Cloud computing: wasting resources, redefined

One of the most interesting things we encounter when my consulting company works with clients is their reaction to the infrastructure architectures of cloud providers. When we explain that they achieve robustness by keeping multiple copies of data on commodity hardware, rather than the traditional model of investing in expensive hardware to improve device robustness, we observe a visceral shudder in people.

When we go on to explain that designing applications for cloud environments requires architectures with built-in redundancy because one assumes the underlying resources may fail, we can see a second shudder. What, keep computing resources running at low load just to ensure application uptime? That’s … wasteful.

The notion that one should treat computing resources as cheap commodities assumed to be unreliable goes against the time-honored axioms of IT — hardware is expensive, therefore computing is expensive, therefore its use should be rationed as much as possible.

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The thing is, computing isn’t expensive. Servers are dirt-cheap. Network bandwidth pricing keeps dropping. And storage … well, when a 2 TB drive costs $59, it’s clear that computer vendors give us a gift every year in the form of lower prices.
Costly IT Friction

Nevertheless, we encounter resistance whenever we encourage companies to embrace the new cloud computing architectures. What they don’t recognize is that the expensive factor in computing today isn’t kit, it’s people. Operators, administrators, finance, help desk.

The people involved in the organizational processes put in place to manage precious, expensive hardware are a huge cost and, by virtue of the fact that they’re involved in the various processes of funding, provisioning, and managing that expensive hardware, are a cause of IT friction, which translates into operational languor.

I was put in mind of this while reading Andy Kessler’s new book, Eat People. His book offers 13 rules for “game changing entrepreneurs.” Every book of Kessler’s is stimulating, and this one is no different.

I was struck by his second rule: “Waste What’s Abundant to Make Up for What’s Scarce.” Kessler describes a conversation he had with George Gilder, in which Gilder says “What’s abundant is cheap — the price signal tells you to waste it. What’s scarce is expensive. Instead of using economics to allocate what’s scarce, just waste something else until what you want is no longer scarce.”

In later chapters, Kessler continues to discuss the challenge entrepreneurs face when creating solutions that solve scarcity issues: entrenched incumbents not unwilling to use governmental forces to skew markets, markets focused on efficiency rather than effectiveness, and user assumptions about the possibility of changing current modes of operations — all of which the entrepreneur must address to achieve success.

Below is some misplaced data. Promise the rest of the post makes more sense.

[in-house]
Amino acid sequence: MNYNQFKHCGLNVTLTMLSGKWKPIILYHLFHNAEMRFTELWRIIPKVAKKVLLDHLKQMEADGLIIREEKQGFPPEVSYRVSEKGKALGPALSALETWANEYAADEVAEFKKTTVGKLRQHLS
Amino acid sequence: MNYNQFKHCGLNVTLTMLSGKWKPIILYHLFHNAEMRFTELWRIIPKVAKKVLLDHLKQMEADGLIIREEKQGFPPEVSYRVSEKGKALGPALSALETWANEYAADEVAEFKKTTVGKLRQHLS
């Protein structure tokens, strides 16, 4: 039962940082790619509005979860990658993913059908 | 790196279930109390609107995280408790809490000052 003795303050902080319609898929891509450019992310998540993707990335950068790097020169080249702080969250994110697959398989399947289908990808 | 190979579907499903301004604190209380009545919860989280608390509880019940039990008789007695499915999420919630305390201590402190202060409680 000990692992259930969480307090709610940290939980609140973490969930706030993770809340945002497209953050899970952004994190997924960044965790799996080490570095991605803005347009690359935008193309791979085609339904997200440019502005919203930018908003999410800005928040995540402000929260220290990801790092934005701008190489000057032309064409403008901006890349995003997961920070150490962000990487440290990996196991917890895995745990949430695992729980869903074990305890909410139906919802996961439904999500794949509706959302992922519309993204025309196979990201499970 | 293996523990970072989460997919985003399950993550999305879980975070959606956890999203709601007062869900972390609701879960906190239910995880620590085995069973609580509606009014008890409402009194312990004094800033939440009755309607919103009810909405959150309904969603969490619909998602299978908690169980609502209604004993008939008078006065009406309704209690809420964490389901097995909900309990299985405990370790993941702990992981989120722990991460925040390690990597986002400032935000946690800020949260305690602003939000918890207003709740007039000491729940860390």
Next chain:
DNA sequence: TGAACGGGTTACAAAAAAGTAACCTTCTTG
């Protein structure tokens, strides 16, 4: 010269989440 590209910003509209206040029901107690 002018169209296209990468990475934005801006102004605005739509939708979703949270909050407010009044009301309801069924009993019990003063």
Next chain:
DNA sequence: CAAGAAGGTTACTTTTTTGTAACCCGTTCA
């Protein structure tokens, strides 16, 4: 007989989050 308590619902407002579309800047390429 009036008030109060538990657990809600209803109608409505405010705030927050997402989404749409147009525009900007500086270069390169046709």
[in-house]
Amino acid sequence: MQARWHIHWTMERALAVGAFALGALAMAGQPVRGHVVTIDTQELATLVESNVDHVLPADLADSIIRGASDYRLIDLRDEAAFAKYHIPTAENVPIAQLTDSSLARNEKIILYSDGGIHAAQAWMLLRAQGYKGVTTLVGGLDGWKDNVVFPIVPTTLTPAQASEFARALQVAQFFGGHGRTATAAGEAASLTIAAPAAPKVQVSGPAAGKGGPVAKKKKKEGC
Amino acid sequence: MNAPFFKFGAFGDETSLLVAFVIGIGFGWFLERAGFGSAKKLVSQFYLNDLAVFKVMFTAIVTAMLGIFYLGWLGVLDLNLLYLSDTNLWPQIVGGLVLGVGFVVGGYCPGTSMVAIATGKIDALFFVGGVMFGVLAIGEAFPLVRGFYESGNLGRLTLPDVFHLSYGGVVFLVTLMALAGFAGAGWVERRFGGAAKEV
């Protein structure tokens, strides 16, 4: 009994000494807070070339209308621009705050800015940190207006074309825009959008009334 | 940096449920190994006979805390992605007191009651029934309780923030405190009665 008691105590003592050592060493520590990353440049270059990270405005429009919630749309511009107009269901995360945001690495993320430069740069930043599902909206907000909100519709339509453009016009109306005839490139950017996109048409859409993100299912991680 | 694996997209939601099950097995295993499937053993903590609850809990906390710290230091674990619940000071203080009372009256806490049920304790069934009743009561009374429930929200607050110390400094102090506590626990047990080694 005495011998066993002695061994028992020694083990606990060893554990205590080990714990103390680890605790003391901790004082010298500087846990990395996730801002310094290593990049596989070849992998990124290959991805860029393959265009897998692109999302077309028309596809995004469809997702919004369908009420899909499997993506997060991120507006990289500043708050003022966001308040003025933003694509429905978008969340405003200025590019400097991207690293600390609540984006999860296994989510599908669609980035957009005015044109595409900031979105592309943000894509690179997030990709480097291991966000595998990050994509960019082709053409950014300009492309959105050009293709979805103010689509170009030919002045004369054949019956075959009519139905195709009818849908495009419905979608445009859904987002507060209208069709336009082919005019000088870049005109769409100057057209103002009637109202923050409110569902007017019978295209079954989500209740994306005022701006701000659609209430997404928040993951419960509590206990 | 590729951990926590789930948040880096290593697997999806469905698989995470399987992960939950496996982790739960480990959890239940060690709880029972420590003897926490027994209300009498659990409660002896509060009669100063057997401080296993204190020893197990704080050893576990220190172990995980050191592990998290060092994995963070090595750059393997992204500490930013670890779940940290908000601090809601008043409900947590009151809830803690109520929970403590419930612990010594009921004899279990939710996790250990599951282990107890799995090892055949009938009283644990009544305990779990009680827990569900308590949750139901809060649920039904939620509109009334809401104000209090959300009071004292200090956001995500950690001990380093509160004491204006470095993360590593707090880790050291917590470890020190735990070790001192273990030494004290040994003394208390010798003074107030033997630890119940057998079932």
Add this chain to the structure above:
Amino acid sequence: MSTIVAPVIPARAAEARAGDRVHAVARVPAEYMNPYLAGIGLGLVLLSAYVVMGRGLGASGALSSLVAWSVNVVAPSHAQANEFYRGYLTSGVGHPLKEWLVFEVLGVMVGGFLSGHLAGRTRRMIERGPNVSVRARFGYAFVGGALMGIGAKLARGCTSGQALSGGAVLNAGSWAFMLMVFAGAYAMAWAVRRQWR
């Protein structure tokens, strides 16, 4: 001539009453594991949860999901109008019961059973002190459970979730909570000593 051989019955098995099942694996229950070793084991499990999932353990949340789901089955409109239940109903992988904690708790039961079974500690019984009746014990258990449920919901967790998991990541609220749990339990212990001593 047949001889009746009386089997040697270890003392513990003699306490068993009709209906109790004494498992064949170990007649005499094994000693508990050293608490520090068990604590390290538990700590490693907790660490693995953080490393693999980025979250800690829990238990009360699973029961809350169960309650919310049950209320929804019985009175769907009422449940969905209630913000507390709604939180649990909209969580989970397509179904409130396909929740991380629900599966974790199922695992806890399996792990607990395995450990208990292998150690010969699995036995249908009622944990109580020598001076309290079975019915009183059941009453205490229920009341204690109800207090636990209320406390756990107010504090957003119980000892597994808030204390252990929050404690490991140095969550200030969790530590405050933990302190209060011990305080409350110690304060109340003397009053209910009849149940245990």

The Kindle Paradigm

The accuracy of his insight was brought home to me by the mode in which I was consuming it: I was reading his book on my new Kindle. The breakout success of e-readers in general, and the Kindle 3 in particular (Amazon claims the Kindle 3 is its all-time best selling product), illustrate Kessler’s thesis perfectly.

Much discussion about e-readers focuses on comparing them to the incumbent solution: books. Are they as good as, can you read them as clearly, etc., etc. From my experience, they’re not the same, but they don’t get in the way of content consumption, i.e., reading the author’s words. However, while most of the discussion about e-readers regards efficiency (do they allow reading as well as a book), that perspective ignores their major advantages.

I’m currently in Seoul, and I decided to read Kessler’s book the day it came out. The odds of me finding a copy in Seoul on release day are vanishingly small. And, even if it were available, I’d have to find my way to one of the few bookstores carrying English language books. And I’d pay a significant premium.

Instead, I bought it and downloaded it in less than a minute. Amazon has cut deals with wireless providers throughout the world so that it can sell books everywhere. And, if you don’t feel like spending money, there are thousands of books, both current and those in the public domain, available for free. All of these books, whether free or carrying a price, can be accessed throughout the world in less time than it takes to read this paragraph.